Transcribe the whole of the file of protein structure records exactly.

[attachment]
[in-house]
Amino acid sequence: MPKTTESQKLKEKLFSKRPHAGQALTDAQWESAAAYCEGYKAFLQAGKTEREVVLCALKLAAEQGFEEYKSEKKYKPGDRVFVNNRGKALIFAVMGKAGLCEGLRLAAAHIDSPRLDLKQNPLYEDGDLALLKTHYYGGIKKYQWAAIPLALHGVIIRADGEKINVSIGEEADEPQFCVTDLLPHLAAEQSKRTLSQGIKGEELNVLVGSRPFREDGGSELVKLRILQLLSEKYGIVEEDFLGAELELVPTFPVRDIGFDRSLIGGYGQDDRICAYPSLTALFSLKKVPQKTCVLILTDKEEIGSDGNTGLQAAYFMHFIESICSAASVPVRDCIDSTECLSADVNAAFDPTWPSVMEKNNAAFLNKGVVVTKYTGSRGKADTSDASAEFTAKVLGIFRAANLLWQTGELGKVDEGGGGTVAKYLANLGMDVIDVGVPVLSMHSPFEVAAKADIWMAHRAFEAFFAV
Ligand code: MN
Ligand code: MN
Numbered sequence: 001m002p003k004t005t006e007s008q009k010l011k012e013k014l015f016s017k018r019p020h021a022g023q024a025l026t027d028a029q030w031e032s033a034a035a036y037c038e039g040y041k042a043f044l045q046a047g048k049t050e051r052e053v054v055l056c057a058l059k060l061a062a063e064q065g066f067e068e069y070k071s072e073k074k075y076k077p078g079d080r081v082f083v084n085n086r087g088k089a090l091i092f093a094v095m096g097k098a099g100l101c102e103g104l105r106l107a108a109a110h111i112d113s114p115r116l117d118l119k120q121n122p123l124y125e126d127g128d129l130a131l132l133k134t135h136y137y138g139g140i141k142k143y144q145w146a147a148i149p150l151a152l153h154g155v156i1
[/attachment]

[in-house]
Amino acid sequence: MPKTTESQKLKEKLFSKRPHAGQALTDAQWESAAAYCEGYKAFLQAGKTEREVVLCALKLAAEQGFEEYKSEKKYKPGDRVFVNNRGKALIFAVMGKAGLCEGLRLAAAHIDSPRLDLKQNPLYEDGDLALLKTHYYGGIKKYQWAAIPLALHGVIIRADGEKINVSIGEEADEPQFCVTDLLPHLAAEQSKRTLSQGIKGEELNVLVGSRPFREDGGSELVKLRILQLLSEKYGIVEEDFLGAELELVPTFPVRDIGFDRSLIGGYGQDDRICAYPSLTALFSLKKVPQKTCVLILTDKEEIGSDGNTGLQAAYFMHFIESICSAASVPVRDCIDSTECLSADVNAAFDPTWPSVMEKNNAAFLNKGVVVTKYTGSRGKADTSDASAEFTAKVLGIFRAANLLWQTGELGKVDEGGGGTVAKYLANLGMDVIDVGVPVLSMHSPFEVAAKADIWMAHRAFEAFFAV
Ligand code: MN
Ligand code: MN
Numbered sequence: 001m002p003k004t005t006e007s008q009k010l011k012e013k014l015f016s017k018r019p020h021a022g023q024a025l026t027d028a029q030w031e032s033a034a035a036y037c038e039g040y041k042a043f044l045q046a047g048k049t050e051r052e053v054v055l056c057a058l059k060l061a062a063e064q065g066f067e068e069y070k071s072e073k074k075y076k077p078g079d080r081v082f083v084n085n086r087g088k089a090l091i092f093a094v095m096g097k098a099g100l101c102e103g104l105r106l107a108a109a110h111i112d113s114p115r116l117d118l119k120q121n122p123l124y125e126d127g128d129l130a131l132l133k134t135h136y137y138g139g140i141k142k143y144q145w146a147a148i149p150l151a152l153h154g155v156i1